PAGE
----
The EU’s medicines watchdog could start a review within days of an oral Covid drug produced by the US pharmaceutical firm Merck, a senior official said Tuesday.
Merck said last week that its drug molnupiravir was shown to reduce hospitalisations by 50%, bringing closer the dream of a simple pill to treat the coronavirus pandemic.
“What I can say is that indeed we will be considering whether to start a rolling review for this compound in the next days,” Marco Cavaleri, head of vaccine strategy at the European Medicines Agency, told journalists.
Cavaleri said the Amsterdam-based agency was aware of some “top-line results that are being communicated by the company” about its new drug.
READ: Merck says their COVID-19 tablet can reduce deaths and hospitalisations by half
APPLICATIONS TO APPROVE MERCK PILL
Merck said on Friday it planned to submit an application to the US FDA and other regulatory bodies worldwide for the drug.
It said trial results on 770 patients showed there were no deaths among patients who received the drug compared to eight deaths in the placebo group.
Under a rolling review, the EMA can speed up drug approvals by examining safety and efficacy data as they are released, instead of waiting until after a formal application for authorisation is filed by the manufacturer.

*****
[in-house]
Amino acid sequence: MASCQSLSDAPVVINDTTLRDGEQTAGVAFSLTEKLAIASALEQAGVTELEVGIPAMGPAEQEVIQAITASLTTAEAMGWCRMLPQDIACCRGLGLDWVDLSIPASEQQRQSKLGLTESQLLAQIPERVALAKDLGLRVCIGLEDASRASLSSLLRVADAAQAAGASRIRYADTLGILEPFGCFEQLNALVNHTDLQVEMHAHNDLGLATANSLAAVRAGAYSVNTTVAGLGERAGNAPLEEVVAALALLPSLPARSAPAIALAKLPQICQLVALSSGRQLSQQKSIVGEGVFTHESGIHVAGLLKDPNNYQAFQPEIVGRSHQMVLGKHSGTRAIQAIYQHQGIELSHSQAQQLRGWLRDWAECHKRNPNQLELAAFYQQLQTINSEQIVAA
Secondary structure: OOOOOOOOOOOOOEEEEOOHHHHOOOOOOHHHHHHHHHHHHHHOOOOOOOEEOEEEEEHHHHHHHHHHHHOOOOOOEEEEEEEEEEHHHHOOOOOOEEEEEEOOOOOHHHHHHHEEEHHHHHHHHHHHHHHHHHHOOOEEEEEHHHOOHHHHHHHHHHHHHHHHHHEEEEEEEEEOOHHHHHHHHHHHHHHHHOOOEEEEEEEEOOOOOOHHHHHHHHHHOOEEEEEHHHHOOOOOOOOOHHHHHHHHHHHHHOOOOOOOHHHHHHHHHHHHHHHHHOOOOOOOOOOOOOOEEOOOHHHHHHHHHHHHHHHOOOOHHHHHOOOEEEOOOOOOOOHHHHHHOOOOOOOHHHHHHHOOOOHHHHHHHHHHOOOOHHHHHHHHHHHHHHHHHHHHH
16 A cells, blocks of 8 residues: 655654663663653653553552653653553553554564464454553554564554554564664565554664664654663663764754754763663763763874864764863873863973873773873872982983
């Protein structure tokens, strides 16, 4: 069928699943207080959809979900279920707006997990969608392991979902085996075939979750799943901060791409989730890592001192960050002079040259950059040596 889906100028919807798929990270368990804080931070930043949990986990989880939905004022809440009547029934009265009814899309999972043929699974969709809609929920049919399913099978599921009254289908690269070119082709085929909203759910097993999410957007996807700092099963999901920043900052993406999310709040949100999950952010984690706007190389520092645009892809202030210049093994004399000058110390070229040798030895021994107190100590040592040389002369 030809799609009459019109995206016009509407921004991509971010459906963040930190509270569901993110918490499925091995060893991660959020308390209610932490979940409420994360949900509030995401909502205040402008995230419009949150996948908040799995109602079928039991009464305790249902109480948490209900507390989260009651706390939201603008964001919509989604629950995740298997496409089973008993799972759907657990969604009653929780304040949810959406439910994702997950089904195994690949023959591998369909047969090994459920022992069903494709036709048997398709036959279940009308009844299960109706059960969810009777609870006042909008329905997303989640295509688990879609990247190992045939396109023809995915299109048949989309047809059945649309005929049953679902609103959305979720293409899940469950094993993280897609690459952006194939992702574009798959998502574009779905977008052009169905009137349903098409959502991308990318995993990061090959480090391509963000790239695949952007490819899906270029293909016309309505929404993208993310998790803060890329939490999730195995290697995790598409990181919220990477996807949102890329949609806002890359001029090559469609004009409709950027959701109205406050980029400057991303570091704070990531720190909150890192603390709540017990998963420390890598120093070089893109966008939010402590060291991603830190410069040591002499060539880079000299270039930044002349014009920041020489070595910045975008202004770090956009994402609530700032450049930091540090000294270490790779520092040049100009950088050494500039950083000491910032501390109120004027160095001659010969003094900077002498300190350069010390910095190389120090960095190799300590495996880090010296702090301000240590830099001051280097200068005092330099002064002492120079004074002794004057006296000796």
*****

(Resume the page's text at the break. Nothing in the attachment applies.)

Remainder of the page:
Approval can take several months.
ADDED DOSE OF BOOSTER SHOT
The Merck pill has been hailed as a possible breakthrough because until now Covid therapeutics – which treat the disease as opposed to vaccines, which prevent it – have so far been administered intravenously.
The EMA meanwhile raised hopes that vaccine booster doses could offer a long period of protection against Covid.
The agency on Monday authorised a third booster dose of the Pfizer/BioNTech vaccine for people aged 18 and over, six months after their initial two jabs, amid fears that it offers diminishing protection.
“What we’re seeing at least with this vaccine is that the immune response is indeed much higher than what we’ve seen after the second dose,” Cavaleri said.
“Which means that potentially we will have quite remarkable amounts of neutralising antibodies, also for much longer than six months.”
© Agence France-Presse